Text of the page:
TELA: Ageing Finland can’t afford prolonged unemployment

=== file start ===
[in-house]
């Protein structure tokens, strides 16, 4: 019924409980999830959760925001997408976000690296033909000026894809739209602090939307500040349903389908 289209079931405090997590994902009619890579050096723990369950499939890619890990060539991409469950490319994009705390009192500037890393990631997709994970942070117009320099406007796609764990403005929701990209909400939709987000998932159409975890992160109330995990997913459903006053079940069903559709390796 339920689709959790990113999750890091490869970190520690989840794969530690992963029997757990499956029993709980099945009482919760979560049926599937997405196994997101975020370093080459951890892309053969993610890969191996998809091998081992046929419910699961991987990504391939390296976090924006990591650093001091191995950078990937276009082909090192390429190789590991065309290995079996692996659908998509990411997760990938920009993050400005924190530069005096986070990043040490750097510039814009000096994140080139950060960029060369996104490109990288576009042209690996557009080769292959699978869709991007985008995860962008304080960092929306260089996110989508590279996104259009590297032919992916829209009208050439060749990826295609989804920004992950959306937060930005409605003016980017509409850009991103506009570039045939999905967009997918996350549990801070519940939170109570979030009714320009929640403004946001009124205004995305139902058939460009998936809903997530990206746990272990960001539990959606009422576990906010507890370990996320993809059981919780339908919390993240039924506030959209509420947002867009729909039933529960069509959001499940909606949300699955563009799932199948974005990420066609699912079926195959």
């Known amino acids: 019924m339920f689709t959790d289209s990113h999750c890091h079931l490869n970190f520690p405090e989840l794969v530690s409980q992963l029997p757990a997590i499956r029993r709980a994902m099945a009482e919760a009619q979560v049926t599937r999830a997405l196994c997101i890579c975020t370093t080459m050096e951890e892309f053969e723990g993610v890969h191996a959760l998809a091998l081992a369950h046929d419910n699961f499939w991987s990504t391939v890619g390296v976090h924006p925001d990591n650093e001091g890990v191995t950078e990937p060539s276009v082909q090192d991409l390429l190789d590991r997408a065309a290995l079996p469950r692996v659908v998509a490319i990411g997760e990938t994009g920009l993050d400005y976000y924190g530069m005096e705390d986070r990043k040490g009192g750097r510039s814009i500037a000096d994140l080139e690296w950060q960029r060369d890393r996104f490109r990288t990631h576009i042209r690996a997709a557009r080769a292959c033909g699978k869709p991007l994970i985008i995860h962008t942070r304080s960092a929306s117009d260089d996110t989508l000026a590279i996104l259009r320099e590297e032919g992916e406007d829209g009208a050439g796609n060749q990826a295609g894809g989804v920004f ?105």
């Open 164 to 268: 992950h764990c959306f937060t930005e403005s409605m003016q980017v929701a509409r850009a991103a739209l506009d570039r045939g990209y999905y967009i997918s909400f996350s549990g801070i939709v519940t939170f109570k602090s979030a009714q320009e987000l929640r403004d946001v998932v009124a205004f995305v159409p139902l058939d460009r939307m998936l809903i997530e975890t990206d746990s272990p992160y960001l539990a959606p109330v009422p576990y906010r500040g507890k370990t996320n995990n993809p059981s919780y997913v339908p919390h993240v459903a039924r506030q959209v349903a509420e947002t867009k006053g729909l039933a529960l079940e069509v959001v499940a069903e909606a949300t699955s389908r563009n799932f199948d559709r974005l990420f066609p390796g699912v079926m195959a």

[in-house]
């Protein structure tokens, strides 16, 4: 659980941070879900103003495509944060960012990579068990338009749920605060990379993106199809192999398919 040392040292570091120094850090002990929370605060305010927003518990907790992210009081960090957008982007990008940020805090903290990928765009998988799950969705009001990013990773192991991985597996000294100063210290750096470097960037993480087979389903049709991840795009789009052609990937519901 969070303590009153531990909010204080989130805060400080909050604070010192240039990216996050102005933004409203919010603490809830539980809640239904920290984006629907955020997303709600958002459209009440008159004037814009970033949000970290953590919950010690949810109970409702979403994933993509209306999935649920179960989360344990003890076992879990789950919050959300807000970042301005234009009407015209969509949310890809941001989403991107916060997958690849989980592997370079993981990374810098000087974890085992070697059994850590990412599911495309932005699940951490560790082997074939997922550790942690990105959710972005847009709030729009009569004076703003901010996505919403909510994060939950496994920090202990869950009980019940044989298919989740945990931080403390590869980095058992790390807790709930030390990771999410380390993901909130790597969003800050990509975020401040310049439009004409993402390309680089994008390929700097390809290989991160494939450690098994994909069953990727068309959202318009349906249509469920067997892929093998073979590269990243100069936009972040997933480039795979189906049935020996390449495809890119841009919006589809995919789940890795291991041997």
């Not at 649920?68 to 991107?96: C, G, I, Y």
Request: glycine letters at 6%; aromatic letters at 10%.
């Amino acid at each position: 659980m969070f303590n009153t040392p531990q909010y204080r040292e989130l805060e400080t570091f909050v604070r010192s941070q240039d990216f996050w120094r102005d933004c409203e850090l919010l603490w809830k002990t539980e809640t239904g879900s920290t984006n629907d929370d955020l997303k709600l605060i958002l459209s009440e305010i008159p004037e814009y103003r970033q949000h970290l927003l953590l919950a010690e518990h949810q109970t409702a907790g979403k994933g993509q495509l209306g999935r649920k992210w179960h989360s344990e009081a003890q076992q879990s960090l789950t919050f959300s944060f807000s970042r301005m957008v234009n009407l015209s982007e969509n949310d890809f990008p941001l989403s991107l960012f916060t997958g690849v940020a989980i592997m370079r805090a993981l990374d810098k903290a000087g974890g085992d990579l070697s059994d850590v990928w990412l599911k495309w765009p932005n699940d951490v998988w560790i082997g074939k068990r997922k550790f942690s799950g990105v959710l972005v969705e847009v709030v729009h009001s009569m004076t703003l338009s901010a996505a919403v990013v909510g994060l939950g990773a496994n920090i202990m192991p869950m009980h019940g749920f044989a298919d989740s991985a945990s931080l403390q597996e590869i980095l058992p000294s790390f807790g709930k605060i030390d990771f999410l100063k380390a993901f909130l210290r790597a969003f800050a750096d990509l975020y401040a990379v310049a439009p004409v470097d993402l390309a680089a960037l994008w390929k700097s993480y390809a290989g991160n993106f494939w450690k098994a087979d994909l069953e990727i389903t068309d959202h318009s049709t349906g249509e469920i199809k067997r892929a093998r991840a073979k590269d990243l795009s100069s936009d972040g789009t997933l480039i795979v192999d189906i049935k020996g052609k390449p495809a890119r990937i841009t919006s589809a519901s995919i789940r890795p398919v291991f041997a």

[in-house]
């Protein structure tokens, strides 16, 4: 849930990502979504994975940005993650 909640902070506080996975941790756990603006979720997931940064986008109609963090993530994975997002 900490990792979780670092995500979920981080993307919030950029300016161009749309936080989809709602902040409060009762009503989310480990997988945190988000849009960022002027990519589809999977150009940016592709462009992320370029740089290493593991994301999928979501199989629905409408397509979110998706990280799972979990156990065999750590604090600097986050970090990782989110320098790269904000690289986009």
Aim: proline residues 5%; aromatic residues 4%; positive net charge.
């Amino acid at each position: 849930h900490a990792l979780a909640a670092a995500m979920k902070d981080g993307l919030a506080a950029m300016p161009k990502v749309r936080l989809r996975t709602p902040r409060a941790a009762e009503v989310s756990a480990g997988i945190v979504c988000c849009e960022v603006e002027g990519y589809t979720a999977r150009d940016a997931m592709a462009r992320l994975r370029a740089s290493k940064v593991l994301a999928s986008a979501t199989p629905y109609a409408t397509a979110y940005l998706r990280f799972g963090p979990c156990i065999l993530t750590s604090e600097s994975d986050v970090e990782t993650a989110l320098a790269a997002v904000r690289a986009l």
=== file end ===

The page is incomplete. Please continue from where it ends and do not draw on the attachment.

first_img“I am glad that the pension funds have been able to grow undisturbed and that their accumulated investment returns have been remarkably good in recent years,” said Siimes, adding that this had led to buffers in the system that were strong enough to withstand the really bad days the pandemic had brought.Market values of pension assets had fallen sharply, and direct income flows from many investments would also diminish as the economy declined, Siimes said.But she pointed out that only part of Finland’s occupational pensions were financed from the funds and their investment income, with most of the funding still coming from contributions levied on the salaries of people currently in work.“The increase in redundancies and the rise in unemployment will also reduce the income streams from them, at least for a while,” she said.Siimes said the near future was still shrouded in fog, but that it was clear that the ageing of Finland’s population would continue after the epidemic.“In addition, we are already significantly older as a nation than during the recession of the 1990s,” she said. So being able to pay pensions normally today was not enough, she said, adding that this had to continue to be the case for years to come.More than a quarter of Finland’s population were already pensioners, and the number of retirees was estimated to grow by well over 200,000 during the 2020s, the CEO noted.“It´s important to act to avoid a prolonged recession, because now – due to the ageing of the population – we cannot tolerate prolonged unemployment to the extent we did in the 1990s,” Siimes said.Looking for IPE’s latest magazine? Read the digital edition here. Finland’s partly-funded occupational pension system has enough in buffer reserves to weather the current phase of the COVID-19 crisis, but given the country’s ageing population, it is essential that the economy makes a swift recovery, according to the head of the sector’s lobby group.In a media column, Suvi-Anne Siimes, chief executive officer of TELA, said: “We need to be able to invest earnings-related pension funds tomorrow too, and a rapid economic recovery is absolutely essential.”A revitalised economy was essential for jobs, livelihoods and people’s everyday security, as well as to help strengthen the financing of pensions, she wrote in Finnish newspaper Demokraatti.Even though the coronavirus epidemic had been rattling the economy in Finland and abroad for weeks, she said, thanks to the country’s well-managed pension system, pensions were being paid to everyone entitled to them in the normal way.last_img

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